Coming out tips
Come out first to someone you know will be supportive
For some people, coming out can be pretty scary! If you know someone who is really supportive and pro-LGBT+, then coming out to them is probably a good place to start. If your first coming out experience is a good one, it can give you confidence in your identity.
Tell people the pronouns you'd like to be referred to by
Let people know which pronouns you’d like to be referred to by. Some people might not know the importance of pronouns, or know there are neutral options. If people make mistakes, try not to let it get to you and politely correct them.
Think about how to explain sexuality or gender identity
Some people don’t understand much about sexuality and gender identity, so coming out as non-binary or pansexual might result in a bit of confusion for some friends or family members. Share information about sexuality and gender identity with them, or signpost them to our website. This can help them understand who you are and why it’s important for you to come out and be yourself.
Be conscious what you put on social media
If you want everyone to know your sexuality or gender identity then go ahead and post it proudly! If there are certain people you might not want to know yet, it may be worth keeping it offline. Once you put something online, it’s out there for everyone to see. Even if you’re not friends with someone, your privacy settings may allow people who aren’t friends with you to see your posts.
Think if there is anything friends & family can do to support you
Don’t forget about yourself! Coming out can be tiring and emotional, so if your friends/family can support you make sure you ask for help. This could be anything from asking them to make sure people use your preferred pronouns to coming to Pride events with you.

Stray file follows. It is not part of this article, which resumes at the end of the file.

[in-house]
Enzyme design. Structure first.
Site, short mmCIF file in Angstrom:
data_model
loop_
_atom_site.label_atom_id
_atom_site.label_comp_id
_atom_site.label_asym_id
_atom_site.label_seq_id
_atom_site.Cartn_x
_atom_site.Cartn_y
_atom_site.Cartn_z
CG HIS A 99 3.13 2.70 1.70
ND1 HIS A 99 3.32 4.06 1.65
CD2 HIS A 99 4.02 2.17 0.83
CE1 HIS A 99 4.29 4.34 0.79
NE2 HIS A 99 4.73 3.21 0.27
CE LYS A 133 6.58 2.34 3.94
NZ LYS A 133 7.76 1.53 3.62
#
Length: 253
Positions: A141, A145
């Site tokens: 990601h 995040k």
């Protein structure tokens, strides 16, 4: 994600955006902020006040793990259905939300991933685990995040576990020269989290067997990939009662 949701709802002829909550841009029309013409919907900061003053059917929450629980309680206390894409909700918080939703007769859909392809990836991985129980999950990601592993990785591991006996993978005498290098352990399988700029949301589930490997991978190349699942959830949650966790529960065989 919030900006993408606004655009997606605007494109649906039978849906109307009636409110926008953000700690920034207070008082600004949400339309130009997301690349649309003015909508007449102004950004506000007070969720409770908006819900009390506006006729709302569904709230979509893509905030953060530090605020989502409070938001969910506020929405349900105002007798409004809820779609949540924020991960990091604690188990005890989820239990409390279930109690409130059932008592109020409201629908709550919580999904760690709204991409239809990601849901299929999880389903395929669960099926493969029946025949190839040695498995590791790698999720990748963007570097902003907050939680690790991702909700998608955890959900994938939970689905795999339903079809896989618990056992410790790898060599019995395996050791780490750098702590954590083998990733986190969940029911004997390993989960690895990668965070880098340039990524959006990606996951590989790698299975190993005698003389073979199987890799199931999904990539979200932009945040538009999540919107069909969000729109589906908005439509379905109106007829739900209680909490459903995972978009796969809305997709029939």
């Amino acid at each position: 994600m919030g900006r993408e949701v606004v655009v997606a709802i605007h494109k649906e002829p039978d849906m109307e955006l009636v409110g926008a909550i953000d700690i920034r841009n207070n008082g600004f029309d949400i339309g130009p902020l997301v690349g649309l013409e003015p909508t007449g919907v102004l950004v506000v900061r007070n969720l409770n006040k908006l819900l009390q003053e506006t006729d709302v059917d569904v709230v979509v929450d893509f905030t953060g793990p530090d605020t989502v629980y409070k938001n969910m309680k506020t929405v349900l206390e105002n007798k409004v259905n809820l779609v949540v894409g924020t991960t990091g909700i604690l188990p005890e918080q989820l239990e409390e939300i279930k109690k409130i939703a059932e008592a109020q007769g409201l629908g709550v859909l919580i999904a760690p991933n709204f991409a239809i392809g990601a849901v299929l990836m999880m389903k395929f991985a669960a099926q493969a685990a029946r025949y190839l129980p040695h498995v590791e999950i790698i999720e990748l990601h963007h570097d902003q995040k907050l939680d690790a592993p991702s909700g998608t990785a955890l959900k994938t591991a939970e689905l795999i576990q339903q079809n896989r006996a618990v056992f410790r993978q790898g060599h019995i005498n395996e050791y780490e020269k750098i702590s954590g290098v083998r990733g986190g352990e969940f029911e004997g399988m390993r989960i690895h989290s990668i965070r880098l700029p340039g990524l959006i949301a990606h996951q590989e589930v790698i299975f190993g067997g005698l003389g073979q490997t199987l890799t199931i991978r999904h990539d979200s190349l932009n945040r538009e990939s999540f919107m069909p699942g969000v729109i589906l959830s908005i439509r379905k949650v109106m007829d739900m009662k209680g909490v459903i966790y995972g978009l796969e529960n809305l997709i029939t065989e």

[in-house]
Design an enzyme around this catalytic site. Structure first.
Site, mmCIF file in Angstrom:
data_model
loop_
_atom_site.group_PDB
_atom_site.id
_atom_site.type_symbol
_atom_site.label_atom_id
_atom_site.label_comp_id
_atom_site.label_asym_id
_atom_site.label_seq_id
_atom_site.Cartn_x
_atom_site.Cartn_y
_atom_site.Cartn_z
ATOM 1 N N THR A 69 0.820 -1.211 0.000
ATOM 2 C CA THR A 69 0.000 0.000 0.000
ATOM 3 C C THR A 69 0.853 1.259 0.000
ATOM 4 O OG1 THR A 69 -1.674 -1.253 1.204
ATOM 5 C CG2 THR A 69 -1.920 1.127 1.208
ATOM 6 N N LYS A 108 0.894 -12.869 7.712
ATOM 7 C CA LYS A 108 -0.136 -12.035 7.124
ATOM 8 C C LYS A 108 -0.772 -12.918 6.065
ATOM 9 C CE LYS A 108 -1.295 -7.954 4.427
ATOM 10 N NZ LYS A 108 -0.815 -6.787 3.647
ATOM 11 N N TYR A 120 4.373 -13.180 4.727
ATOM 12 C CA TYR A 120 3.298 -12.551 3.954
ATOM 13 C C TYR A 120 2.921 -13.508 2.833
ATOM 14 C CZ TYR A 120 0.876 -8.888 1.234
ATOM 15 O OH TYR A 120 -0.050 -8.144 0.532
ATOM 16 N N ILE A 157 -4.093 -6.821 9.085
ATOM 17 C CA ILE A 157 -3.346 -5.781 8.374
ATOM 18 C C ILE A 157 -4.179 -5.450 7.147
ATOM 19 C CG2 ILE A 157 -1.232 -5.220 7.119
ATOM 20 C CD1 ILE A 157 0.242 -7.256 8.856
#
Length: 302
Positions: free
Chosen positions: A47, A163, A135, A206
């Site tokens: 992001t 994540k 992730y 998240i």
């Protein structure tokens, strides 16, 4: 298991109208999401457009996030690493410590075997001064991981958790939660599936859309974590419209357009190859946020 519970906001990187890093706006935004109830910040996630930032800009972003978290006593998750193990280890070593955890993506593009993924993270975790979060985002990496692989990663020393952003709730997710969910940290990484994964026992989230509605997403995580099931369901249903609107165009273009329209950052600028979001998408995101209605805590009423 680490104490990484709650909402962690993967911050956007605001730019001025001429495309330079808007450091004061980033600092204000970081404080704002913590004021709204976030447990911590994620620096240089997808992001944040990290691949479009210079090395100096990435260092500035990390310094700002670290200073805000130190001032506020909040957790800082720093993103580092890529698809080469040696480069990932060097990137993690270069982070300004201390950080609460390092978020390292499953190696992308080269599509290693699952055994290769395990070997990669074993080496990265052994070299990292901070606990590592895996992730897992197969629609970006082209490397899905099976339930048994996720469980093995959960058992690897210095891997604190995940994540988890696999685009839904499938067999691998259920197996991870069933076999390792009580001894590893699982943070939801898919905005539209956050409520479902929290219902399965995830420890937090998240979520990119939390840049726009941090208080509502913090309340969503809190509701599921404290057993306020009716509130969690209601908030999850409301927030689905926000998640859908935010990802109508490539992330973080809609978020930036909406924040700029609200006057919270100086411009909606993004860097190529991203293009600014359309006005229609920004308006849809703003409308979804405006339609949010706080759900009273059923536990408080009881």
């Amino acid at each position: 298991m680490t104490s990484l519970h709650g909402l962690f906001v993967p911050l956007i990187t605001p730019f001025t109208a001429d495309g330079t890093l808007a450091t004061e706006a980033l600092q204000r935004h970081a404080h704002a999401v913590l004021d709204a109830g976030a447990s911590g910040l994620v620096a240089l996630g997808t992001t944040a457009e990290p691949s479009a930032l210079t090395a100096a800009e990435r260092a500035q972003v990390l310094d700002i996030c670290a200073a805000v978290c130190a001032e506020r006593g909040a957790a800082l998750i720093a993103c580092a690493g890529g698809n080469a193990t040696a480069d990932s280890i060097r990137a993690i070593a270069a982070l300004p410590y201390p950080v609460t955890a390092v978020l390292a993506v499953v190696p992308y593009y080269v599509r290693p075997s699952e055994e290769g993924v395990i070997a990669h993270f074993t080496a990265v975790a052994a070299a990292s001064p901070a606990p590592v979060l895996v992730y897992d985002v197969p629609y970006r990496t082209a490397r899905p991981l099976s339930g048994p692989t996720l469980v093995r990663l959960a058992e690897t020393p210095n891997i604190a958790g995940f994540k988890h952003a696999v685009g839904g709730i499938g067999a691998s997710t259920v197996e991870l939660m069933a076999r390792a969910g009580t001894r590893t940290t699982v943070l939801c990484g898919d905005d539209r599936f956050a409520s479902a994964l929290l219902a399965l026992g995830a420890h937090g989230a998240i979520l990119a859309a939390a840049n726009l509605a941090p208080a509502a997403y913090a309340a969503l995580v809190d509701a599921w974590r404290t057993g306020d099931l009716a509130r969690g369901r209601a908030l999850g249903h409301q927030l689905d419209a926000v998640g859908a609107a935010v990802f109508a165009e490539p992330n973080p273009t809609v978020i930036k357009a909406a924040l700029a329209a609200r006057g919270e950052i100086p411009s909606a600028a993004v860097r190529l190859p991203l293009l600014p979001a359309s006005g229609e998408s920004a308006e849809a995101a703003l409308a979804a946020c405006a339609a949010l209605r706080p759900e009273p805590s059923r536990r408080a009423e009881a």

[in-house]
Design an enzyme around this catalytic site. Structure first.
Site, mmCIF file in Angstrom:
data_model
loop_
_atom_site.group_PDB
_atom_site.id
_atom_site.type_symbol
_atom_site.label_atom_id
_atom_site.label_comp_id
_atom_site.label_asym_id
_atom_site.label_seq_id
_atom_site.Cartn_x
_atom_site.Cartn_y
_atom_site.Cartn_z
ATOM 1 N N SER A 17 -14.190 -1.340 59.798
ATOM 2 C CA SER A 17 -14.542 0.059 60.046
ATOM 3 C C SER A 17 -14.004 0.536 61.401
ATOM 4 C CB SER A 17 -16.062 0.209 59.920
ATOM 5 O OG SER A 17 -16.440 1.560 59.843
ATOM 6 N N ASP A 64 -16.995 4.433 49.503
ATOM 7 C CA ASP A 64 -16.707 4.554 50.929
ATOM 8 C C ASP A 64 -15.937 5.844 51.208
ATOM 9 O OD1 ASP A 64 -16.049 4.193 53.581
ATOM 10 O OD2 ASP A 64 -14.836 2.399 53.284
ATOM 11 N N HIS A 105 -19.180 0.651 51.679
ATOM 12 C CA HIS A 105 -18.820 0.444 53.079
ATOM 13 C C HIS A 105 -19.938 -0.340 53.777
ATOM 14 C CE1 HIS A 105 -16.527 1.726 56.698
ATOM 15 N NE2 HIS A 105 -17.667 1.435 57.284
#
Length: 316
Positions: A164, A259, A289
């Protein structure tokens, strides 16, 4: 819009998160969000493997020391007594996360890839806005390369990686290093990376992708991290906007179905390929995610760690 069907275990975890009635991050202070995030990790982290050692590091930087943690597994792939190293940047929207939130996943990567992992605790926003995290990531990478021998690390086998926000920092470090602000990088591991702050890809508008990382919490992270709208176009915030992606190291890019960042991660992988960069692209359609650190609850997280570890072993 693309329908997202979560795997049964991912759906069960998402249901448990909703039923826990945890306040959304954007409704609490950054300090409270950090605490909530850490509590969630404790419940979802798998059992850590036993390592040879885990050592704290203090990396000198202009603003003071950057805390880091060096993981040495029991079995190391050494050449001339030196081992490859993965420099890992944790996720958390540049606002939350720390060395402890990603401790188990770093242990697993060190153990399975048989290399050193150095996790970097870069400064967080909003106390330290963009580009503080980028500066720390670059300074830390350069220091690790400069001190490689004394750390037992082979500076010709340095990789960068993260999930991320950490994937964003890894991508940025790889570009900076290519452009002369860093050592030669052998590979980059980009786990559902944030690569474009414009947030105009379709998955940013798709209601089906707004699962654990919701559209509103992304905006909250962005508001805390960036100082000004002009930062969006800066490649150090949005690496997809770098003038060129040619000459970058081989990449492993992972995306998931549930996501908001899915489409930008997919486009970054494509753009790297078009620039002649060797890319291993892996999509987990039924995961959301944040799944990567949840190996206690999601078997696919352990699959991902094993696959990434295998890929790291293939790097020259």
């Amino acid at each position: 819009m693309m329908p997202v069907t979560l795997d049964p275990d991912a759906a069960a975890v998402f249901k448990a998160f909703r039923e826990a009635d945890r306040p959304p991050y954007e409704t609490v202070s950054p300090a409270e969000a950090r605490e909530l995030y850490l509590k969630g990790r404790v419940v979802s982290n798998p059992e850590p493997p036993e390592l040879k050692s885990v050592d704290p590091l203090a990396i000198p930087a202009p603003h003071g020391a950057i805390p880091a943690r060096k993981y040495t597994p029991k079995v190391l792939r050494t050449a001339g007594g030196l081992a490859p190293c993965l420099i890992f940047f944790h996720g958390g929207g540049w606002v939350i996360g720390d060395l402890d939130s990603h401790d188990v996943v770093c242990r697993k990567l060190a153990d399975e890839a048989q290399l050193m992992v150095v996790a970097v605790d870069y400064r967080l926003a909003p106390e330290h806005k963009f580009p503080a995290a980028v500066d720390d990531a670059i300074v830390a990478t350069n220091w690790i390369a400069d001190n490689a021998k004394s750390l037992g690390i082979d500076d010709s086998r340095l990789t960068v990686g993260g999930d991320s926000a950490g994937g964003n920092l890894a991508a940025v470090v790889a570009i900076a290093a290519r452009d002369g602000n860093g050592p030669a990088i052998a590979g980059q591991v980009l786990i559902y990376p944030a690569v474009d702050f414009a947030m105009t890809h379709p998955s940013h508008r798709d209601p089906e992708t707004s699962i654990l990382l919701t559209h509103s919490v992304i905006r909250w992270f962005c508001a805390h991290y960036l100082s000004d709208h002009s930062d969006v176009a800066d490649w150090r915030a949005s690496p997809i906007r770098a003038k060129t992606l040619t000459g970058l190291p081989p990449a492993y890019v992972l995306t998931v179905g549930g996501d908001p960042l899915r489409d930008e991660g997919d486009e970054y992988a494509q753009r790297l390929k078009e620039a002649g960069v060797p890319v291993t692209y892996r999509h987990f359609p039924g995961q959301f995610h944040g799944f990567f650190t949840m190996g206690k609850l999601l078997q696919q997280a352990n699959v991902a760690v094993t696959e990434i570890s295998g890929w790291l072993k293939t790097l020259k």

Look for local LGBT+ groups which you can attend
See if there are any local LGBT+ groups, like Galaxy Youth, our Men's Group or the other groups listed on our Useful Links page that you can attend. You can meet other LGBT+ people there who have already come out and might be able to share some good tips with you. Workers at LGBT+ groups are great people to talk to for advice on coming out too. It’s worth asking around at your workplace, school or college to see if they have an LGBT+ society or how they could support one being formed.
Only come out if you feel it is safe to do so
It’s important to only come out if you feel safe to do so. Luckily, most people in the UK are really accepting of LGBT+ people, but unfortunately this can’t be said for everyone.
Coming out is so important to living your life as your true self, but your safety is also very important. If you’re worried that people might say something at school, college or work, speak to your friends and let them know how you’re feeling and they can help to support you.
If there is anyone who you feel poses a risk to your safety, speak to someone you trust would help you. This could be a teacher, manager, co-worker or a friend or family member. Support agencies are also listed on our Useful Links page if you don’t know who to go to.
…and don’t forget, coming out is a continuous thing
The first time you come out can be really special and you’ll probably always remember it, but coming out never really stops! Maybe in years to come people won’t need to come out, but for now, there will be many occasions where you will come out. If you’re a lesbian you might be asked by your GP what birth control method you're on if you’re sexually active, or work colleagues might ask you if you have a girlfriend when you’re a gay guy. It can be frustrating but you’ll get used to it and every time you come out you’re challenging assumptions, which those people might not make again. Keep your head held high and be your amazing self!